I've made a plugin to import products to Wordpress with Woocommerce. It works fine except the product attributes - I can't find a way to import them properly.

The issue is that with products I add custom taxonomies which are not defined in the dashboard. Surprisingly I can't find a method for this. I tried wp_insert_term() with register_taxonomy(), but these don't add anything to the wp_woocommerce_attribute_taxonomies table in the database and I don't find them in the product's attributes neither on the product attributes page in the dashboard. I only found them in wp_terms table in the database and from what I learned it's not where product attributes belong in Woocommerce.

update_post_meta() also doesn't seem to work (it can add attributes as meta, but I need them as Woocommerce's product attributes).

I need to create attributes if they don't exist before I import the products. Is there a function to do this that I overlooked?

Not sure if I should post what I have so far, but here is the code related to the issue:

// This is an example of what I get from my AJAX input
$product_attributes = array(
    "attr_id_01" => array(
        "name" => "Material",
        "value" => "Metal",
        "is_visible" => 1,
        "is_taxonomy" => 1
    "attr_id_02" => array(
        "name" => "Type",
        "value" => "Has a handle",
        "is_visible" => 1,
        "is_taxonomy" => 1
foreach ($product_attributes_copy as $key => $value) {
    // sanitize_title filter is provided by CyrToLat plugin,
    // it basically makes the string url-friendly, 
    // it's used because names and values could contain Cyrillic, uppercase and spaces
    $filtered_name = apply_filters('sanitize_title', $value['name']);
    $filtered_value = apply_filters('sanitize_title', $value['value']);

    $taxonomy = 'pa_' . $filtered_name;
    $parent_term = term_exists( $filtered_value, $taxonomy );
    $parent_term_id = $parent_term['term_id'];

    if ( ! taxonomy_exists($taxonomy) ) {
        register_taxonomy($taxonomy, 'product', array('label' => $value['name']) );

    // No errors from the following
    $insert_result = wp_insert_term(
            'description'=> '',
            'slug' => $filtered_value,
            'parent'=> $parent_term_id

1 Answer 1


For some reason, Woocommerce doesn't seem to want you to do this. Not sure why, because requiring it to be done manually is a problem for scalability in a number of cases (not to mention, if you have attributes with a lot of possible values, the interface they provide loads really slowly). After digging a bit, here's the private functions that the admin pages use, modified for systemic call.

function process_add_attribute($attribute)
    global $wpdb;
//      check_admin_referer( 'woocommerce-add-new_attribute' );

    if (empty($attribute['attribute_type'])) { $attribute['attribute_type'] = 'text';}
    if (empty($attribute['attribute_orderby'])) { $attribute['attribute_orderby'] = 'menu_order';}
    if (empty($attribute['attribute_public'])) { $attribute['attribute_public'] = 0;}

    if ( empty( $attribute['attribute_name'] ) || empty( $attribute['attribute_label'] ) ) {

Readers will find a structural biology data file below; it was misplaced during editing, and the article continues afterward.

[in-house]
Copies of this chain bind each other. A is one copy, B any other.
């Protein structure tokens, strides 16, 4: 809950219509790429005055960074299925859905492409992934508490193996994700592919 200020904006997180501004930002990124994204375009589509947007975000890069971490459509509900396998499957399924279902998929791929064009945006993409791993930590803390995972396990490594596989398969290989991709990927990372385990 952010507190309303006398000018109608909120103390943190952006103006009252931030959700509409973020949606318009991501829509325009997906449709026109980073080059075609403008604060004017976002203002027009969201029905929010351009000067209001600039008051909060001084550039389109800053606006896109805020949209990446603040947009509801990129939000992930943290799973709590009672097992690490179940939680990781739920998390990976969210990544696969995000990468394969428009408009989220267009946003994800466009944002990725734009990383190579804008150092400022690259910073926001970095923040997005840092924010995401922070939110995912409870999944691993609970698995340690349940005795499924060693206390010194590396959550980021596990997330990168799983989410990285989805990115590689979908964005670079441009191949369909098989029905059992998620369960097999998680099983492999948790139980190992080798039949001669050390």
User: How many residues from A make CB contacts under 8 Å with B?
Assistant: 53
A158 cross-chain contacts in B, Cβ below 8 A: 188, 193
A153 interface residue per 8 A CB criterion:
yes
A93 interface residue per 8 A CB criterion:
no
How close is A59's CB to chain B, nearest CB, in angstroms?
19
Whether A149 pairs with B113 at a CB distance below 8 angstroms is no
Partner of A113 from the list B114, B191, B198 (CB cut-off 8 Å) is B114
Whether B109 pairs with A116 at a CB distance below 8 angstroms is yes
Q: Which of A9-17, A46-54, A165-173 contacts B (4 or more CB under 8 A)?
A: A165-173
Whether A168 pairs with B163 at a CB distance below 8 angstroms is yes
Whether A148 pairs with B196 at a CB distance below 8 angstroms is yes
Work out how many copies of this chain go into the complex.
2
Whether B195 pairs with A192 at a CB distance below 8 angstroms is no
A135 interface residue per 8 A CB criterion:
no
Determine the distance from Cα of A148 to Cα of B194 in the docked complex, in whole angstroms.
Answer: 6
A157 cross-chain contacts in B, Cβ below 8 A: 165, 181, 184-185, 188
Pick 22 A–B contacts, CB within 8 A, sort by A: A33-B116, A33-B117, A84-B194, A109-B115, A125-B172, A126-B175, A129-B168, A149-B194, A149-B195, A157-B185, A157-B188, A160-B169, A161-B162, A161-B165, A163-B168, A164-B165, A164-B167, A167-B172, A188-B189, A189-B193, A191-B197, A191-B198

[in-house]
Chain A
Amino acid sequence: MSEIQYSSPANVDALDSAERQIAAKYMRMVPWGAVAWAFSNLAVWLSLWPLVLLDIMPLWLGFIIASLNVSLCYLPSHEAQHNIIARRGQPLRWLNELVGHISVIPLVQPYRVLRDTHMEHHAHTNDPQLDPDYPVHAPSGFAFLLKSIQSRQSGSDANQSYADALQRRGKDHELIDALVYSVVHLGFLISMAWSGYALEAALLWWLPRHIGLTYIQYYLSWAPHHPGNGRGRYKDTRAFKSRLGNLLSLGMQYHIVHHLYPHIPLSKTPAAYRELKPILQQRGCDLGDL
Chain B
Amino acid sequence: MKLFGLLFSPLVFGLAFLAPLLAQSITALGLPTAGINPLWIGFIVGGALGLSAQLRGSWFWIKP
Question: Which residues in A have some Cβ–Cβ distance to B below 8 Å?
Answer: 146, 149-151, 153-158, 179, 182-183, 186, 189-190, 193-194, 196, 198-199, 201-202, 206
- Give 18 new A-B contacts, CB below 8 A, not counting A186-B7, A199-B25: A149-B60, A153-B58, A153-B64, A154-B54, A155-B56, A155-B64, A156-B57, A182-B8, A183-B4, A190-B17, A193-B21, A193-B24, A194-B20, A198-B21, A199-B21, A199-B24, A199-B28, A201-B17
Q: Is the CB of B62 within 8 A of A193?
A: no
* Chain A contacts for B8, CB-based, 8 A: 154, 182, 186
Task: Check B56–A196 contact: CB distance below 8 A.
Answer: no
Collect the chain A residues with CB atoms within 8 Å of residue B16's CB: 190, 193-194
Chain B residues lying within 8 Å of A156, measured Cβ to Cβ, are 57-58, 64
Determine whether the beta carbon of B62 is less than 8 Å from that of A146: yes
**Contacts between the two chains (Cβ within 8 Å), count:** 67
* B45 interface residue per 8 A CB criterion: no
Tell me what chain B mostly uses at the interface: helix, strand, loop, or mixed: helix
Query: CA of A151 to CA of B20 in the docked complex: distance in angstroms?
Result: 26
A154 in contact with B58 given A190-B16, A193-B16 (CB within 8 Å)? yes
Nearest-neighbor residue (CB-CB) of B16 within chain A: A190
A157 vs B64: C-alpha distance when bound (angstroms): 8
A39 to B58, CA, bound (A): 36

return new WP_Error( 'error', __( 'Please, provide an attribute name and slug.', 'woocommerce' ) );
    } elseif ( ( $valid_attribute_name = valid_attribute_name( $attribute['attribute_name'] ) ) && is_wp_error( $valid_attribute_name ) ) {
            return $valid_attribute_name;
    } elseif ( taxonomy_exists( wc_attribute_taxonomy_name( $attribute['attribute_name'] ) ) ) {
            return new WP_Error( 'error', sprintf( __( 'Slug "%s" is already in use. Change it, please.', 'woocommerce' ), sanitize_title( $attribute['attribute_name'] ) ) );

    $wpdb->insert( $wpdb->prefix . 'woocommerce_attribute_taxonomies', $attribute );

    do_action( 'woocommerce_attribute_added', $wpdb->insert_id, $attribute );

    delete_transient( 'wc_attribute_taxonomies' );

    return true;

function valid_attribute_name( $attribute_name ) {
    if ( strlen( $attribute_name ) >= 28 ) {
            return new WP_Error( 'error', sprintf( __( 'Slug "%s" is too long (28 characters max). Shorten it, please.', 'woocommerce' ), sanitize_title( $attribute_name ) ) );
    } elseif ( wc_check_if_attribute_name_is_reserved( $attribute_name ) ) {
            return new WP_Error( 'error', sprintf( __( 'Slug "%s" is not allowed because it is a reserved term. Change it, please.', 'woocommerce' ), sanitize_title( $attribute_name ) ) );

    return true;

Called as follows:

$insert = proccess_add_attribute(array('attribute_name' => 'my-new-slug', 'attribute_label' => 'my-new-attribute', 'attribute_type' => 'text', 'attribute_orderby' => 'menu_order', 'attribute_public' => false));
if (is_wp_error($insert)) { do_something_for_error($insert); }

The fields associated with the attribute are the name (standard wp slug), label (human readable version of the attribute name), type (you have a choice between 'select' and 'text', but if you're creating systemically, you probably want text I modified the function to default to it), public (labeled as "Enable Archives" in the interface, I made the function default to the interface default), and orderby (choices are 'menu_order' (refered to as 'Custom ordering' in the interface), 'name' (self explanitory), 'name_num' (numeric name), and 'id' (term id))

  • I solved it differently, but didn't post the solution here because it's not generic enough and also not as beautiful as I'd like it to be (but it seems that there's no beautiful solution for this with Woocommerce...). I think your code should work too, so I'll mark it as the answer. And thanks for the effort with explanation! Nov 19, 2016 at 12:07

Your Answer

By clicking “Post Your Answer”, you agree to our terms of service and acknowledge you have read our privacy policy.

Not the answer you're looking for? Browse other questions tagged or ask your own question.